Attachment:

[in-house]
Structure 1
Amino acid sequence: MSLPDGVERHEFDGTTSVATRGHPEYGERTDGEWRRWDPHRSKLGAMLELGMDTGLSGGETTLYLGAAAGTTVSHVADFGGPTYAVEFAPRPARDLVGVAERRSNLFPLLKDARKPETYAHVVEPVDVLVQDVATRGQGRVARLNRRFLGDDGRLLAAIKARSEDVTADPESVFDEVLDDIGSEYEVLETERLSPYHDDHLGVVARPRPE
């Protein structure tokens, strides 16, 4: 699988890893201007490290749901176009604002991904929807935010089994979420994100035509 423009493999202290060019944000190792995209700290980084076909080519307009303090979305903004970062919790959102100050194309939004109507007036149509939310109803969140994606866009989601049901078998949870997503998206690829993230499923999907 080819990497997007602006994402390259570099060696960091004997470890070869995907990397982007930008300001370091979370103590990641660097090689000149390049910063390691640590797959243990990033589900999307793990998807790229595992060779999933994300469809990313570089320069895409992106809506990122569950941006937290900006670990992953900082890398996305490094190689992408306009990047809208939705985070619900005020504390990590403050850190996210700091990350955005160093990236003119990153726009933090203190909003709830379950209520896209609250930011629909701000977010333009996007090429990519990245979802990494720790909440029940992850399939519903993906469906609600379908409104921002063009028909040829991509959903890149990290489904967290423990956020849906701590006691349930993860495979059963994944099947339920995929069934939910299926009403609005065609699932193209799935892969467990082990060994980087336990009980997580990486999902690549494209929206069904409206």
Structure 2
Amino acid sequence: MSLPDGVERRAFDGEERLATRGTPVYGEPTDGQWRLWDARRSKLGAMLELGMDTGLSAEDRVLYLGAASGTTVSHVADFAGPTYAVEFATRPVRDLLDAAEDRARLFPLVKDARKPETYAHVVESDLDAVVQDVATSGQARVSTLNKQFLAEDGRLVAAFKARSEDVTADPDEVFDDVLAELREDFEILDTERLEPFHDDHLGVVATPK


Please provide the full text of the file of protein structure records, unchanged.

[in-house]
Structure 1
Amino acid sequence: MSLPDGVERHEFDGTTSVATRGHPEYGERTDGEWRRWDPHRSKLGAMLELGMDTGLSGGETTLYLGAAAGTTVSHVADFGGPTYAVEFAPRPARDLVGVAERRSNLFPLLKDARKPETYAHVVEPVDVLVQDVATRGQGRVARLNRRFLGDDGRLLAAIKARSEDVTADPESVFDEVLDDIGSEYEVLETERLSPYHDDHLGVVARPRPE
């Protein structure tokens, strides 16, 4: 699988890893201007490290749901176009604002991904929807935010089994979420994100035509 423009493999202290060019944000190792995209700290980084076909080519307009303090979305903004970062919790959102100050194309939004109507007036149509939310109803969140994606866009989601049901078998949870997503998206690829993230499923999907 080819990497997007602006994402390259570099060696960091004997470890070869995907990397982007930008300001370091979370103590990641660097090689000149390049910063390691640590797959243990990033589900999307793990998807790229595992060779999933994300469809990313570089320069895409992106809506990122569950941006937290900006670990992953900082890398996305490094190689992408306009990047809208939705985070619900005020504390990590403050850190996210700091990350955005160093990236003119990153726009933090203190909003709830379950209520896209609250930011629909701000977010333009996007090429990519990245979802990494720790909440029940992850399939519903993906469906609600379908409104921002063009028909040829991509959903890149990290489904967290423990956020849906701590006691349930993860495979059963994944099947339920995929069934939910299926009403609005065609699932193209799935892969467990082990060994980087336990009980997580990486999902690549494209929206069904409206």
Structure 2
Amino acid sequence: MSLPDGVERRAFDGEERLATRGTPVYGEPTDGQWRLWDARRSKLGAMLELGMDTGLSAEDRVLYLGAASGTTVSHVADFAGPTYAVEFATRPVRDLLDAAEDRARLFPLVKDARKPETYAHVVESDLDAVVQDVATSGQARVSTLNKQFLAEDGRLVAAFKARSEDVTADPDEVFDDVLAELREDFEILDTERLEPFHDDHLGVVATPK